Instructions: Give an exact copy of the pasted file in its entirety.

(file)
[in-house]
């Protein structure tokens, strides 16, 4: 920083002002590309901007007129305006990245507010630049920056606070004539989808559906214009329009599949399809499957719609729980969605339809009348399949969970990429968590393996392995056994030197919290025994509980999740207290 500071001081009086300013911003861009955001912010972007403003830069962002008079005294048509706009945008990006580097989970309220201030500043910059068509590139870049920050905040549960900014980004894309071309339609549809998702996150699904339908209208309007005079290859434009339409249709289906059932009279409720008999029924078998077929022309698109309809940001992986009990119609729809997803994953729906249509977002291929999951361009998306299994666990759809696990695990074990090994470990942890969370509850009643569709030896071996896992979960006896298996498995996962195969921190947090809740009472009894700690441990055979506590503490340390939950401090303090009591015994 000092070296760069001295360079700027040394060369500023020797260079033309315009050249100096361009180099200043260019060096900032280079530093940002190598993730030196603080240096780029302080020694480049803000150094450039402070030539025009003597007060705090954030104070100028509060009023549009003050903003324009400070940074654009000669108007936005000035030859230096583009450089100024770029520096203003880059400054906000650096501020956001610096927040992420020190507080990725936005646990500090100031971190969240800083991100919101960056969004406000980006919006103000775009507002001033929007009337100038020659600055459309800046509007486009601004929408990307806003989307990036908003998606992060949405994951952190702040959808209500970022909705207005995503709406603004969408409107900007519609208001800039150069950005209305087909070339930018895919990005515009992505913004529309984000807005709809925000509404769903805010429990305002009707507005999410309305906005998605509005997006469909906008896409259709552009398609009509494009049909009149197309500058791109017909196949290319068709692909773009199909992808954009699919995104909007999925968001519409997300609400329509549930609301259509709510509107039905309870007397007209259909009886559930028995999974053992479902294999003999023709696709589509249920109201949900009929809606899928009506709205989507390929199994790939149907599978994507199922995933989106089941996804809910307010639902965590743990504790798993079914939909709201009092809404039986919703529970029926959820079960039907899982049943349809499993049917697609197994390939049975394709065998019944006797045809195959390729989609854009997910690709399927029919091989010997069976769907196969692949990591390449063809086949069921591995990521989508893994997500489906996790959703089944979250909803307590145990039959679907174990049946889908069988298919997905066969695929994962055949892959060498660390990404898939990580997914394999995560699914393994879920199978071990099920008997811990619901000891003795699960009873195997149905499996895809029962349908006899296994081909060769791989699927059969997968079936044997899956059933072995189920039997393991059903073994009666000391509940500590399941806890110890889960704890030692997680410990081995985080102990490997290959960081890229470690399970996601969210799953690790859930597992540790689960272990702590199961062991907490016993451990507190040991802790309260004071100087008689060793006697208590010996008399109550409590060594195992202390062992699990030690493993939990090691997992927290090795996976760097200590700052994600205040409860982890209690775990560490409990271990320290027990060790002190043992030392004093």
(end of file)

[in-house]
């Protein structure tokens, strides 16, 4: 920083002002590309901007007129305006990245507010630049920056606070004539989808559906214009329009599949399809499957719609729980969605339809009348399949969970990429968590393996392995056994030197919290025994509980999740207290 500071001081009086300013911003861009955001912010972007403003830069962002008079005294048509706009945008990006580097989970309220201030500043910059068509590139870049920050905040549960900014980004894309071309339609549809998702996150699904339908209208309007005079290859434009339409249709289906059932009279409720008999029924078998077929022309698109309809940001992986009990119609729809997803994953729906249509977002291929999951361009998306299994666990759809696990695990074990090994470990942890969370509850009643569709030896071996896992979960006896298996498995996962195969921190947090809740009472009894700690441990055979506590503490340390939950401090303090009591015994 000092070296760069001295360079700027040394060369500023020797260079033309315009050249100096361009180099200043260019060096900032280079530093940002190598993730030196603080240096780029302080020694480049803000150094450039402070030539025009003597007060705090954030104070100028509060009023549009003050903003324009400070940074654009000669108007936005000035030859230096583009450089100024770029520096203003880059400054906000650096501020956001610096927040992420020190507080990725936005646990500090100031971190969240800083991100919101960056969004406000980006919006103000775009507002001033929007009337100038020659600055459309800046509007486009601004929408990307806003989307990036908003998606992060949405994951952190702040959808209500970022909705207005995503709406603004969408409107900007519609208001800039150069950005209305087909070339930018895919990005515009992505913004529309984000807005709809925000509404769903805010429990305002009707507005999410309305906005998605509005997006469909906008896409259709552009398609009509494009049909009149197309500058791109017909196949290319068709692909773009199909992808954009699919995104909007999925968001519409997300609400329509549930609301259509709510509107039905309870007397007209259909009886559930028995999974053992479902294999003999023709696709589509249920109201949900009929809606899928009506709205989507390929199994790939149907599978994507199922995933989106089941996804809910307010639902965590743990504790798993079914939909709201009092809404039986919703529970029926959820079960039907899982049943349809499993049917697609197994390939049975394709065998019944006797045809195959390729989609854009997910690709399927029919091989010997069976769907196969692949990591390449063809086949069921591995990521989508893994997500489906996790959703089944979250909803307590145990039959679907174990049946889908069988298919997905066969695929994962055949892959060498660390990404898939990580997914394999995560699914393994879920199978071990099920008997811990619901000891003795699960009873195997149905499996895809029962349908006899296994081909060769791989699927059969997968079936044997899956059933072995189920039997393991059903073994009666000391509940500590399941806890110890889960704890030692997680410990081995985080102990490997290959960081890229470690399970996601969210799953690790859930597992540790689960272990702590199961062991907490016993451990507190040991802790309260004071100087008689060793006697208590010996008399109550409590060594195992202390062992699990030690493993939990090691997992927290090795996976760097200590700052994600205040409860982890209690775990560490409990271990320290027990060790002190043992030392004093």